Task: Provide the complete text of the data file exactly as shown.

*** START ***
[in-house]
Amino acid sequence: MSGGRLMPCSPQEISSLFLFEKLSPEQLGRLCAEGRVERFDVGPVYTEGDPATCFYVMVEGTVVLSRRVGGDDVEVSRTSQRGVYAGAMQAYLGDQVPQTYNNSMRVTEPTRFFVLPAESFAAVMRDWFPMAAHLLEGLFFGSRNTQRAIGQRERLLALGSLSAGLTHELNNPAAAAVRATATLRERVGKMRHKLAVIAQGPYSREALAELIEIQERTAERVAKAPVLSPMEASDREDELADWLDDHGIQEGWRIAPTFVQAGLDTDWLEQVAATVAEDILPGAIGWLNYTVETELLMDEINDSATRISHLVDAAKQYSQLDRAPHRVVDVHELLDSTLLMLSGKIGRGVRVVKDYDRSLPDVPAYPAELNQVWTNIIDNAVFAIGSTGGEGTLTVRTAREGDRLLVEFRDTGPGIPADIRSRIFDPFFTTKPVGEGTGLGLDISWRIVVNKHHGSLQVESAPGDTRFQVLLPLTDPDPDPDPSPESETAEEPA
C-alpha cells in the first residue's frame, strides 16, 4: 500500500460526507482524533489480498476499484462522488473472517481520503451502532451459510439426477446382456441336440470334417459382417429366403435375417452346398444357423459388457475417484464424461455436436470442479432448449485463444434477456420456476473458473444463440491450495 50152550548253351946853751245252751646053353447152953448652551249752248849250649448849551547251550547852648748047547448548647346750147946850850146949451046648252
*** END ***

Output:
[in-house]
Amino acid sequence: MSGGRLMPCSPQEISSLFLFEKLSPEQLGRLCAEGRVERFDVGPVYTEGDPATCFYVMVEGTVVLSRRVGGDDVEVSRTSQRGVYAGAMQAYLGDQVPQTYNNSMRVTEPTRFFVLPAESFAAVMRDWFPMAAHLLEGLFFGSRNTQRAIGQRERLLALGSLSAGLTHELNNPAAAAVRATATLRERVGKMRHKLAVIAQGPYSREALAELIEIQERTAERVAKAPVLSPMEASDREDELADWLDDHGIQEGWRIAPTFVQAGLDTDWLEQVAATVAEDILPGAIGWLNYTVETELLMDEINDSATRISHLVDAAKQYSQLDRAPHRVVDVHELLDSTLLMLSGKIGRGVRVVKDYDRSLPDVPAYPAELNQVWTNIIDNAVFAIGSTGGEGTLTVRTAREGDRLLVEFRDTGPGIPADIRSRIFDPFFTTKPVGEGTGLGLDISWRIVVNKHHGSLQVESAPGDTRFQVLLPLTDPDPDPDPSPESETAEEPA
C-alpha cells in the first residue's frame, strides 16, 4: 500500500460526507482524533489480498476499484462522488473472517481520503451502532451459510439426477446382456441336440470334417459382417429366403435375417452346398444357423459388457475417484464424461455436436470442479432448449485463444434477456420456476473458473444463440491450495 50152550548253351946853751245252751646053353447152953448652551249752248849250649448849551547251550547852648748047547448548647346750147946850850146949451046648252